Cash bail, and the bail bonds system as we know it, was not always a feature of the criminal justice system. The system we have in America today started long before America was even discovered. So to understand how we got here, we have to go back and look at England, somewhere between AD 410 and AD 1066.
English courts realized that a defendant in a criminal case might try to flee if released before trial. So to secure release pending trial they had to find a “surety” (usually a family member) who would promise to compensate the victims of the crime if the defendant fled before trial. For example, if John Smith was accused of stealing a pig, the surety would pledge to compensate the family whose animal was stolen, in the event that Smith fled before trial. But unlike today’s cash bail system, the surety agent merely had to show evidence that they could pay, if necessary. No money actually changed hands unless the defendant fled before trial.
This system worked well for centuries until the Industrial Age made it harder to keep track of people. When England industrialized, people often left their home communities in search of work. Some ended up in mining or factory towns, while others traveled wherever work took them. In the new industrial economy, sureties were no longer a practical way of ensuring that defendants would appear for trial. So in 1898, England passed the Bail Act and in large part abandoned the surety system.
In the United States, however, a different story was unfolding. Immigration and industrialization caused large groups of Americans to move about the country to places they hoped their skills would be in demand. Add a network of railroads to the mix, and it became very hard to track a defendant who skipped bail. But rather than scrap the surety system, Americans developed it into a business model.
In 1898, the same year that England abandoned the surety system, the first bail bonds service in America was established in San Francisco. For the first time, a defendant who didn’t wish to await trial in jail, no longer had to locate a relative to act as a surety agent. If he (or she) had sufficient funds, they could post a portion of the total bail requested by the court, and the bail bondsman would (for a fee) provide the remainder. This system satisfied the courts’ desire to have defendants keep their appearance dates while decreasing crowding in local jails. It also created a new industry—the bail bondsman.
By the 1960s, flaws in the bail system put great burdens on the poorest defendants—often causing innocent defendants to lose jobs, homes, and families while they sat in jail awaiting trial. So in 1966 Congress passed the Bail Reform Act, which was signed into law by then President Lyndon Johnson. This law was designed to allow defendants to secure their release with as little financial burden as possible.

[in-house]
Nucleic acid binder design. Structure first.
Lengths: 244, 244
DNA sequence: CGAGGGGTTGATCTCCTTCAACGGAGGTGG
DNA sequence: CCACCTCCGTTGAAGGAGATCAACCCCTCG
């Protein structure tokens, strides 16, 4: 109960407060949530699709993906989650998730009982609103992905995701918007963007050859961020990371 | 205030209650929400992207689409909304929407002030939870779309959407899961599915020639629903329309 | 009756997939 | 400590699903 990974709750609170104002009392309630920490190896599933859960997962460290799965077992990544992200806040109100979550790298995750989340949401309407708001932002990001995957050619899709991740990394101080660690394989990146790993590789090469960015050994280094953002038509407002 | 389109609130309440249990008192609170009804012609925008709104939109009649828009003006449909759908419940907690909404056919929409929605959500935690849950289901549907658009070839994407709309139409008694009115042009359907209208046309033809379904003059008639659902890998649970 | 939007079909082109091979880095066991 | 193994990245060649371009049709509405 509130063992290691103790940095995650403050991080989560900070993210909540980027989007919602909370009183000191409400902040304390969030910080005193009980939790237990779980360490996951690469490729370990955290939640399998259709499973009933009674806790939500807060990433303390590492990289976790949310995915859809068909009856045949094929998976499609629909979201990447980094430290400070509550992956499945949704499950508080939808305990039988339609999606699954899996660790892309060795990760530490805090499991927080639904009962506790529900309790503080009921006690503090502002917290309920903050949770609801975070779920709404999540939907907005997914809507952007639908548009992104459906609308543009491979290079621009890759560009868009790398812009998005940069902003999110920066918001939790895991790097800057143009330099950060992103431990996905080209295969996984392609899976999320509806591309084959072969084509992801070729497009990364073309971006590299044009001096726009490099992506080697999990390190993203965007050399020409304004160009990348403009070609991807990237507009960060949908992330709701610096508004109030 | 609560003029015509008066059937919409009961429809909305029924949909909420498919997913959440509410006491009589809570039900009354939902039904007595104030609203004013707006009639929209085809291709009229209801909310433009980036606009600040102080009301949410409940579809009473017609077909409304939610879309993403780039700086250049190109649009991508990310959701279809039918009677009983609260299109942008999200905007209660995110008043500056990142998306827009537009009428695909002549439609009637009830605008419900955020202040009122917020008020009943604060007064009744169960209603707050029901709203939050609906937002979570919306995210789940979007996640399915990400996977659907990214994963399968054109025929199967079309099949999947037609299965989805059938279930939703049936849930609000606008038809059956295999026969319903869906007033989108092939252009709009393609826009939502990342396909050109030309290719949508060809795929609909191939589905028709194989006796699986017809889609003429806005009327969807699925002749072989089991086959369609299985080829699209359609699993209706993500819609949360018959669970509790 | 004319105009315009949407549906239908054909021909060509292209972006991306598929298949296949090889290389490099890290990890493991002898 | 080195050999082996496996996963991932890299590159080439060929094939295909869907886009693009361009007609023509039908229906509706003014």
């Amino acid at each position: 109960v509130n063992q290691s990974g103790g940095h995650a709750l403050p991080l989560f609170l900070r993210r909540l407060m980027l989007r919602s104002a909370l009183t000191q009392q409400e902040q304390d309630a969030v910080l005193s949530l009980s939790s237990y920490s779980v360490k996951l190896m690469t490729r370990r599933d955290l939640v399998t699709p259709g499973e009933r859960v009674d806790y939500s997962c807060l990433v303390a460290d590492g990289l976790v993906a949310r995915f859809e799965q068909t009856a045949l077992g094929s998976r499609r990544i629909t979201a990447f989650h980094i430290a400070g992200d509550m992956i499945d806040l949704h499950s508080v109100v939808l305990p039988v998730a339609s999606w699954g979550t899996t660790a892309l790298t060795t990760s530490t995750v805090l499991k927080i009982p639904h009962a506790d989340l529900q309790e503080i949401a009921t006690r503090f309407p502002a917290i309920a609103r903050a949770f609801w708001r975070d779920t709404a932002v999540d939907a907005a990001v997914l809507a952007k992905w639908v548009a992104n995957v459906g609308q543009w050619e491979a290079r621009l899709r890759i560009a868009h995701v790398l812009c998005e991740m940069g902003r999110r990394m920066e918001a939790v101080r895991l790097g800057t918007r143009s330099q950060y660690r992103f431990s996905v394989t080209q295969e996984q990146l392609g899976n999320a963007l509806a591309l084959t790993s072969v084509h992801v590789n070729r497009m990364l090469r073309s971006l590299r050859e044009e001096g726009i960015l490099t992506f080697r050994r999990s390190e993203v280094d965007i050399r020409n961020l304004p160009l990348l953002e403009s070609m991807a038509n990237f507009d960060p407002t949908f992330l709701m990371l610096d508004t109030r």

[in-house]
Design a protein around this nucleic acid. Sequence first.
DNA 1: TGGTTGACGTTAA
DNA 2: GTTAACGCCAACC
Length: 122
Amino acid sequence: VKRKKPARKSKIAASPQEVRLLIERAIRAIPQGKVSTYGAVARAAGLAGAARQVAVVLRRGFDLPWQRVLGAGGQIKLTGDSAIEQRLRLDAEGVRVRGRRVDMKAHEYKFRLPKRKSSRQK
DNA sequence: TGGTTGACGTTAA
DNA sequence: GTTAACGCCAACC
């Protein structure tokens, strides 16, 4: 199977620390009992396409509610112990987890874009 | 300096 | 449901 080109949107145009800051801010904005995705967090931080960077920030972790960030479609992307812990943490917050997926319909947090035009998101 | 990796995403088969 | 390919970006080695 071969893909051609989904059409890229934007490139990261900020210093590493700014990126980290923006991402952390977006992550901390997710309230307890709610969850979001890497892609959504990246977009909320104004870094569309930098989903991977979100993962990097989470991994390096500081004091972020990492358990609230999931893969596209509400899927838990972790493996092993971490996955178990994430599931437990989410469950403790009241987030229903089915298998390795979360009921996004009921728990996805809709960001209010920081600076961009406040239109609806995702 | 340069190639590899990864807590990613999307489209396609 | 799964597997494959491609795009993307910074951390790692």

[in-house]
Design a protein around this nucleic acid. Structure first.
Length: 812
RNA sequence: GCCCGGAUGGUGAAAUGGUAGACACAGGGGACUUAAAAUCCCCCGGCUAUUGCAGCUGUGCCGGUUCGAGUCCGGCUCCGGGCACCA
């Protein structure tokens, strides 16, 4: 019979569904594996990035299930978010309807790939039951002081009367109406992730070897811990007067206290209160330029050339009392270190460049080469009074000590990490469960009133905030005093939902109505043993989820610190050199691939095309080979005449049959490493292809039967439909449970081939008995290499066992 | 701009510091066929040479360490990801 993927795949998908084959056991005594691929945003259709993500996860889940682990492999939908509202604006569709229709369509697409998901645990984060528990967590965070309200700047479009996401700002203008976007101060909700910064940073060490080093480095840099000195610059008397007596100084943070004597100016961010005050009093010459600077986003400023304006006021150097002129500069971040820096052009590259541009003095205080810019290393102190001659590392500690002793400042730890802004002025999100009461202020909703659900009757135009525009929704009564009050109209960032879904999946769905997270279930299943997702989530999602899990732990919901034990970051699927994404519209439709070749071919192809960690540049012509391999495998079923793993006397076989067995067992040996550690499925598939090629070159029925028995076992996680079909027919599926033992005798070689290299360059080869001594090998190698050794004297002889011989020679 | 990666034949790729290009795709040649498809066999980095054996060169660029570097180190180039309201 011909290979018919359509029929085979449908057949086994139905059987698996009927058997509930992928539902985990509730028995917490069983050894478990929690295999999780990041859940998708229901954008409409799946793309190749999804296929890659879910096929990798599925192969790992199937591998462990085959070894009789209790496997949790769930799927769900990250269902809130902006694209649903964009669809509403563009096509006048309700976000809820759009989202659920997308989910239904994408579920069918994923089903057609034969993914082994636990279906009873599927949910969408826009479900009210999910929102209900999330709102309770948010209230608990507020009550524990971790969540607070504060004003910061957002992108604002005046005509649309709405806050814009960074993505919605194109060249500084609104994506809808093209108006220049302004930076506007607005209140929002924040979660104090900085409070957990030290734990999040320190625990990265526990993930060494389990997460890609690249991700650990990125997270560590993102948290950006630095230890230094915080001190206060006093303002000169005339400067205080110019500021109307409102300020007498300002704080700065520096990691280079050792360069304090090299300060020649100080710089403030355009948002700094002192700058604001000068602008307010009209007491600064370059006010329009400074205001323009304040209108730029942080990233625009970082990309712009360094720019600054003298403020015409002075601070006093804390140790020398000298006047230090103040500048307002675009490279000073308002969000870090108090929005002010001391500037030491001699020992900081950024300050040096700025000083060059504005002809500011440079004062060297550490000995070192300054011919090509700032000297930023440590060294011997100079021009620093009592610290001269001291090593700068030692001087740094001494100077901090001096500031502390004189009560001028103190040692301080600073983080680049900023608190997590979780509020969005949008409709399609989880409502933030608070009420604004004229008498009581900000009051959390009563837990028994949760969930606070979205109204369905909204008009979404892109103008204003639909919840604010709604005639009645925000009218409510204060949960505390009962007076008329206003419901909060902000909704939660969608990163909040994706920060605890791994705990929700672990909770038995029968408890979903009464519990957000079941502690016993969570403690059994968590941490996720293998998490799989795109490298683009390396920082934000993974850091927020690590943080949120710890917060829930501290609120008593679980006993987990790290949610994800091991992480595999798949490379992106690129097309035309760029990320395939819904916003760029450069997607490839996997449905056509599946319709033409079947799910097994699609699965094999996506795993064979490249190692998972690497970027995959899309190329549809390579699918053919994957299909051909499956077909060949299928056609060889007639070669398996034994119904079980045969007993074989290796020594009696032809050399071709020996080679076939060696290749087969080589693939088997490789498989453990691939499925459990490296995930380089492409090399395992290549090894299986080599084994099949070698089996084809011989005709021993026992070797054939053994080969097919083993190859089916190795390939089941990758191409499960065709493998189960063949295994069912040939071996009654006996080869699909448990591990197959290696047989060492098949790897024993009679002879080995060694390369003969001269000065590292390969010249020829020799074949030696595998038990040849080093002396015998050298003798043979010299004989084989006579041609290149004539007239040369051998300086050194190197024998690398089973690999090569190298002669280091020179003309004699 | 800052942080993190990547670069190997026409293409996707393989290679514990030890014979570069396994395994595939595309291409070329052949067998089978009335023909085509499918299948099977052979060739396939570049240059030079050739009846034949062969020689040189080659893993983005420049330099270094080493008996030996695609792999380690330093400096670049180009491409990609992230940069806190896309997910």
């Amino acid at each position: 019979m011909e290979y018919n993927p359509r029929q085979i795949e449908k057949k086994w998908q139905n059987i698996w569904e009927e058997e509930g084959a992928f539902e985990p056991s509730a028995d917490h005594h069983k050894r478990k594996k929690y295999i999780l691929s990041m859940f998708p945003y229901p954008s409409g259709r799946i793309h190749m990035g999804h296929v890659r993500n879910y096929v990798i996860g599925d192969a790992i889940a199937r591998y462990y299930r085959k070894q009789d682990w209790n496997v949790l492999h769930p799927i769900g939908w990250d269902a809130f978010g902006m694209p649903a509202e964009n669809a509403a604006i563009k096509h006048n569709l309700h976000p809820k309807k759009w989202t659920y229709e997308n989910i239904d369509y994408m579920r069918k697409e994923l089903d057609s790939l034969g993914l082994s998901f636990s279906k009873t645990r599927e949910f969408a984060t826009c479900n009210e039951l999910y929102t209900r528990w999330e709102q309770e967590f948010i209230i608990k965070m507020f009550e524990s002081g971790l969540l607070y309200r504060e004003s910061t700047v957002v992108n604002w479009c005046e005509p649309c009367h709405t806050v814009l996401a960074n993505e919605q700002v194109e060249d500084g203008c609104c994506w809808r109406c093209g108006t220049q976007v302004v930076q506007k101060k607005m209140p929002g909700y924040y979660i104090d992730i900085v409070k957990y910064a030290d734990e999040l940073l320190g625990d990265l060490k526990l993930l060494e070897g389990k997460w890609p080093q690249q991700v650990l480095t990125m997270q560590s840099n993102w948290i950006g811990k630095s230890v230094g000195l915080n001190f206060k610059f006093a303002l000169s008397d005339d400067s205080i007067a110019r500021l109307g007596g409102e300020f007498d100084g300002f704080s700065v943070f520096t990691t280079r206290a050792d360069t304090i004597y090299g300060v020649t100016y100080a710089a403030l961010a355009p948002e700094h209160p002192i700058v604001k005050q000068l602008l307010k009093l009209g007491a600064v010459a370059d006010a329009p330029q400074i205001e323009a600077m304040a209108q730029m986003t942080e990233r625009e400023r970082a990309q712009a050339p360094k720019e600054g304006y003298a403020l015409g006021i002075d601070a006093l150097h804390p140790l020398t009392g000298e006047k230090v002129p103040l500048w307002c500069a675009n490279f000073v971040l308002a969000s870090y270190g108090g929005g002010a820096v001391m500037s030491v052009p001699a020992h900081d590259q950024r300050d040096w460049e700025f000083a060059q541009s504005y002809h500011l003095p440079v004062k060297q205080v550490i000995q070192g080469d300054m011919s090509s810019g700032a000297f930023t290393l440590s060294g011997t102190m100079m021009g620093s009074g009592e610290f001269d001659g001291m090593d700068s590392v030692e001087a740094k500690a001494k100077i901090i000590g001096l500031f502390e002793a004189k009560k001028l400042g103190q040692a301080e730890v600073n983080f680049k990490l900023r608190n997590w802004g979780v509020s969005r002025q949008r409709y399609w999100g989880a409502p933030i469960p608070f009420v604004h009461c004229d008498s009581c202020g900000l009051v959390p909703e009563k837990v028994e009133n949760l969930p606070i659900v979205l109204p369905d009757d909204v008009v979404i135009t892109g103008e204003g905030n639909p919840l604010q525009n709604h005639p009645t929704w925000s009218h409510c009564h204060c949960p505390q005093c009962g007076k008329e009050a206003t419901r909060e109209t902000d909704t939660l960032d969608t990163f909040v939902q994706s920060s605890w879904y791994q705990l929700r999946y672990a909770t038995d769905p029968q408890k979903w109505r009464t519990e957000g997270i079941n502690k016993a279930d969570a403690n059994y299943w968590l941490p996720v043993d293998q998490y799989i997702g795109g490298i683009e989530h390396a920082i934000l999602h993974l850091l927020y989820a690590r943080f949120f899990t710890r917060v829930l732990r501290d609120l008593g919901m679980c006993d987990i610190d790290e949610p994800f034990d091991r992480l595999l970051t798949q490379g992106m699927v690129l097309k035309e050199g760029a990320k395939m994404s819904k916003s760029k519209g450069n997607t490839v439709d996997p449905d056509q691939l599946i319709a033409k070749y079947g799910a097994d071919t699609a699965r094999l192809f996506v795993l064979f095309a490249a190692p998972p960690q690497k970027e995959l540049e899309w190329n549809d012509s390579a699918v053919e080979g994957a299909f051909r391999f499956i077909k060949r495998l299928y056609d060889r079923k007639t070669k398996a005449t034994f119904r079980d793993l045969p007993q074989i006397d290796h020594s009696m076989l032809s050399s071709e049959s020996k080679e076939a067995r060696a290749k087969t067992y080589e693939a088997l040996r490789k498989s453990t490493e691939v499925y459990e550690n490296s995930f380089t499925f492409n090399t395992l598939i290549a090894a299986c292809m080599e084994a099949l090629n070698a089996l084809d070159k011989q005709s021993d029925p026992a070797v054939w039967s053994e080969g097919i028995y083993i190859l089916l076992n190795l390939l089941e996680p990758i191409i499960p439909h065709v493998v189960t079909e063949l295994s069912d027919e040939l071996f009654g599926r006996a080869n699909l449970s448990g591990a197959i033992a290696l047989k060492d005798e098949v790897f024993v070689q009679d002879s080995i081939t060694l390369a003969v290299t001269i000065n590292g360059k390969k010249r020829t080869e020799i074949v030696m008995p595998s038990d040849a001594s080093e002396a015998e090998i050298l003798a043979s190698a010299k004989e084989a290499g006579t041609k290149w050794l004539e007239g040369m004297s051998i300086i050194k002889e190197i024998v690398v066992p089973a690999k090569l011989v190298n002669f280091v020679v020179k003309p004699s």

Under the 1966 law, dangerous defendants were allowed to post bail, so long as they were not deemed a significant flight risk. However, these defendants often returned to their communities and committed another crime while awaiting trial on the first. In response, Congress passed the Bail Reform Act of 1984, which placed the safety of the community above the desires of the defendant. So that a defendant deemed likely to pose a danger to the community while released on bond would not be granted bail. This law replaced and supersedes the 1966 law.
The bail bonds system in America is still changing and evolving. California Governor Jerry Brown recently signed a law that would eliminate cash bail entirely in his state. The new law, which takes effect October 1, 2019, aims to determine a defendant’s custody status before trial based on the potential risk to public safety and the likelihood of missing a court date, rather than on ability to pay.
At Bond James Bond, we’re committed to serving the needs of our communities, while helping defendants keep their homes, jobs, and family obligations while awaiting trial. If you have questions about whether a bail bondsman is right for you or your loved one, call us today at (678) 825-3436.
Bond, James Bond, Inc. can handle any size or type of Georgia bail bonds in Barrow County, Bartow County, Cherokee County, Clarke County, Cobb County, Floyd County, Gordon County, Gwinnett County, Paulding County and Polk County. We are always open - 24 hours a day, 7 days a week including holidays. We have 11 locations which are conveniently located to serve you better. Visit us at www.bondjamesbondinc.com, or call Bond, James Bond, Inc. at (678) 825-3436.